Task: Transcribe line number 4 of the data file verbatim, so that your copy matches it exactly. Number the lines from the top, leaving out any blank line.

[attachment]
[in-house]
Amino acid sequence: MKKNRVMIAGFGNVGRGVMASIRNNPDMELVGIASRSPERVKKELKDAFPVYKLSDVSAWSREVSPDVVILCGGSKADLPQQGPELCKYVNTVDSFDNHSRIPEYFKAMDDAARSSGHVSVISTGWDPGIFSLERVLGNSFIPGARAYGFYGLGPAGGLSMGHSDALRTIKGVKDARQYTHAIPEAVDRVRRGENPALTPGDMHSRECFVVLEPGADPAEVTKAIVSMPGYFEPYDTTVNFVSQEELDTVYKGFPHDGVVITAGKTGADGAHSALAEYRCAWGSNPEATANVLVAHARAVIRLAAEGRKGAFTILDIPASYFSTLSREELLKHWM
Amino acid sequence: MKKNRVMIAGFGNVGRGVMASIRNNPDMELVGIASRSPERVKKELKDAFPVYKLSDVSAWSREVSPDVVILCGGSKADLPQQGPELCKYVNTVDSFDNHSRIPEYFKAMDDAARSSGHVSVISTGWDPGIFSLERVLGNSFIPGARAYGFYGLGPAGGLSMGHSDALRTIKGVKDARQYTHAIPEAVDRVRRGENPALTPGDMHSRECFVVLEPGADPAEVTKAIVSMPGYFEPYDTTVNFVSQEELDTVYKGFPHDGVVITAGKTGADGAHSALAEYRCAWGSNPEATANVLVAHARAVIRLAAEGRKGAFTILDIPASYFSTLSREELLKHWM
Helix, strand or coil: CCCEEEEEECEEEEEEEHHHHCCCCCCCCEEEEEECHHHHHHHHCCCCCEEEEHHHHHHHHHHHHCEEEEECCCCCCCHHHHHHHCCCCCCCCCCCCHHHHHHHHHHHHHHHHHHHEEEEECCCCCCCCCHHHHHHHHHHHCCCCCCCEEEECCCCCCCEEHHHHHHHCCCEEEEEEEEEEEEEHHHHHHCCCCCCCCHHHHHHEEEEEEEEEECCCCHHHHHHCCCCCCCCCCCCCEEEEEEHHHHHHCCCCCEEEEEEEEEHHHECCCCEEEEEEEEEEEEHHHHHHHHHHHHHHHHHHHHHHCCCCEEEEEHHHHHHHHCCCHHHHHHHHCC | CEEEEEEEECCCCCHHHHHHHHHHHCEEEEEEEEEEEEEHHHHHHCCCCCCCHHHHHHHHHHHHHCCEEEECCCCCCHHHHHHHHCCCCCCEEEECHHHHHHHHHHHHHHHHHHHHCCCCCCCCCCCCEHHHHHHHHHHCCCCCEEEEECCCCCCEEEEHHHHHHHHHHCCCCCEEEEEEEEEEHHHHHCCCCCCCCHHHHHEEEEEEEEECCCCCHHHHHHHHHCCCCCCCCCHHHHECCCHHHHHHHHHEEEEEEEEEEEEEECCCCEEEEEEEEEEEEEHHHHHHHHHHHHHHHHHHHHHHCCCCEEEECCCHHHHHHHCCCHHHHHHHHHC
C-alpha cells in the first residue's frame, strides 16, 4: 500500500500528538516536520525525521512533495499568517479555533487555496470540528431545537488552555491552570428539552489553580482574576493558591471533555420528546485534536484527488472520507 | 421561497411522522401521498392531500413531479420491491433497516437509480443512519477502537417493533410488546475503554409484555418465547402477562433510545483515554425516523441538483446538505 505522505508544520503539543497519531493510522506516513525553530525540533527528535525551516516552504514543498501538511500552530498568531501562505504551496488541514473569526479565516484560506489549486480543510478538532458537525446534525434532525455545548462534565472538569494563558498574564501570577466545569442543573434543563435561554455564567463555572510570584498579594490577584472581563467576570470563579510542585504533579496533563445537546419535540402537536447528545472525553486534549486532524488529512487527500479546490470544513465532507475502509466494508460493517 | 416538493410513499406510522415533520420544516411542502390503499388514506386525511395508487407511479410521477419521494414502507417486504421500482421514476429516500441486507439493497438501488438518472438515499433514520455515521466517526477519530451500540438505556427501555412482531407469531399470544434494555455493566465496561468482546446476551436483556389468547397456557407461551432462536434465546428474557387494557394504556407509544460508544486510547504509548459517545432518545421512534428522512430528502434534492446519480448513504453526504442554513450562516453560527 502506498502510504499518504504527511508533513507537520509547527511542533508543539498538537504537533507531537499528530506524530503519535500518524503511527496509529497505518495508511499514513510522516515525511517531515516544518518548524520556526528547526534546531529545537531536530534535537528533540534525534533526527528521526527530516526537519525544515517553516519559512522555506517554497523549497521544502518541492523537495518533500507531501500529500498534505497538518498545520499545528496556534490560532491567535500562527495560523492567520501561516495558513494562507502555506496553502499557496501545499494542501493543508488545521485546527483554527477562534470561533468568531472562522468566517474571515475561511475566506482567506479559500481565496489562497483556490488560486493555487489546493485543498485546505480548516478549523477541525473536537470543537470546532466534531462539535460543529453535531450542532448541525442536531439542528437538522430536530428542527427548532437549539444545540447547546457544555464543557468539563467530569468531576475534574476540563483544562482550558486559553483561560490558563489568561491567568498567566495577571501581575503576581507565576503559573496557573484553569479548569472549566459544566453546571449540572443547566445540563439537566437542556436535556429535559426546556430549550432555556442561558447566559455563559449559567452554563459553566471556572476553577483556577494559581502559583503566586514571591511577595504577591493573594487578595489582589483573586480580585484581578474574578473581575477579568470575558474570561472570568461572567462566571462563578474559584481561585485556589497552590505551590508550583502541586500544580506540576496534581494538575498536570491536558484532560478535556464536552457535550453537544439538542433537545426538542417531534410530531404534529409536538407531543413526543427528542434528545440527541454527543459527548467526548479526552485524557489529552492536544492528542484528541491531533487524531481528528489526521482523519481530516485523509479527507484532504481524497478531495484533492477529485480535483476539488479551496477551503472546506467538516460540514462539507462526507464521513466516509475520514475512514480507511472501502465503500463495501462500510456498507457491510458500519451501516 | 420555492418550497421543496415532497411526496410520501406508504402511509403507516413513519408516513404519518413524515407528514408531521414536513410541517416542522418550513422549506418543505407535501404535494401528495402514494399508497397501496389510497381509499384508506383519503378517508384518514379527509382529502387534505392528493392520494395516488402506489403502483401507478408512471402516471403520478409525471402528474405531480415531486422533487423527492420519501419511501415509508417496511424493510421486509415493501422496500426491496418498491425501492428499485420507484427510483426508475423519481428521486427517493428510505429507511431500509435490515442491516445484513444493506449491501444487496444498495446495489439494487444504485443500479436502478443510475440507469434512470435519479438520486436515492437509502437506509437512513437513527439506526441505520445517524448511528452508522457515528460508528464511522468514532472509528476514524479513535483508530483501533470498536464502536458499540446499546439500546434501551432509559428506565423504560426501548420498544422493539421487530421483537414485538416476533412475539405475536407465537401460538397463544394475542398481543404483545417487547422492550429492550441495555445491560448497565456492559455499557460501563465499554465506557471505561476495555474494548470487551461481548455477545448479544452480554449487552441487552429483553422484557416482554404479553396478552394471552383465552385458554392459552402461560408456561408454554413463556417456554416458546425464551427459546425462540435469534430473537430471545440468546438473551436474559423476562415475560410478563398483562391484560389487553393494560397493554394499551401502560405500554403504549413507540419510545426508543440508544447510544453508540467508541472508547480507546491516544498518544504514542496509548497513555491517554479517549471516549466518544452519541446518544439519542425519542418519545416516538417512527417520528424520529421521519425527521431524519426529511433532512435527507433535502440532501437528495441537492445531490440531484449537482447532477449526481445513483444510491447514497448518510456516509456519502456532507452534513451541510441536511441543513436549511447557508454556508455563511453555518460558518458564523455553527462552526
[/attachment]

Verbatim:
Helix, strand or coil: CCCEEEEEECEEEEEEEHHHHCCCCCCCCEEEEEECHHHHHHHHCCCCCEEEEHHHHHHHHHHHHCEEEEECCCCCCCHHHHHHHCCCCCCCCCCCCHHHHHHHHHHHHHHHHHHHEEEEECCCCCCCCCHHHHHHHHHHHCCCCCCCEEEECCCCCCCEEHHHHHHHCCCEEEEEEEEEEEEEHHHHHHCCCCCCCCHHHHHHEEEEEEEEEECCCCHHHHHHCCCCCCCCCCCCCEEEEEEHHHHHHCCCCCEEEEEEEEEHHHECCCCEEEEEEEEEEEEHHHHHHHHHHHHHHHHHHHHHHCCCCEEEEEHHHHHHHHCCCHHHHHHHHCC | CEEEEEEEECCCCCHHHHHHHHHHHCEEEEEEEEEEEEEHHHHHHCCCCCCCHHHHHHHHHHHHHCCEEEECCCCCCHHHHHHHHCCCCCCEEEECHHHHHHHHHHHHHHHHHHHHCCCCCCCCCCCCEHHHHHHHHHHCCCCCEEEEECCCCCCEEEEHHHHHHHHHHCCCCCEEEEEEEEEEHHHHHCCCCCCCCHHHHHEEEEEEEEECCCCCHHHHHHHHHCCCCCCCCCHHHHECCCHHHHHHHHHEEEEEEEEEEEEEECCCCEEEEEEEEEEEEEHHHHHHHHHHHHHHHHHHHHHHCCCCEEEECCCHHHHHHHCCCHHHHHHHHHC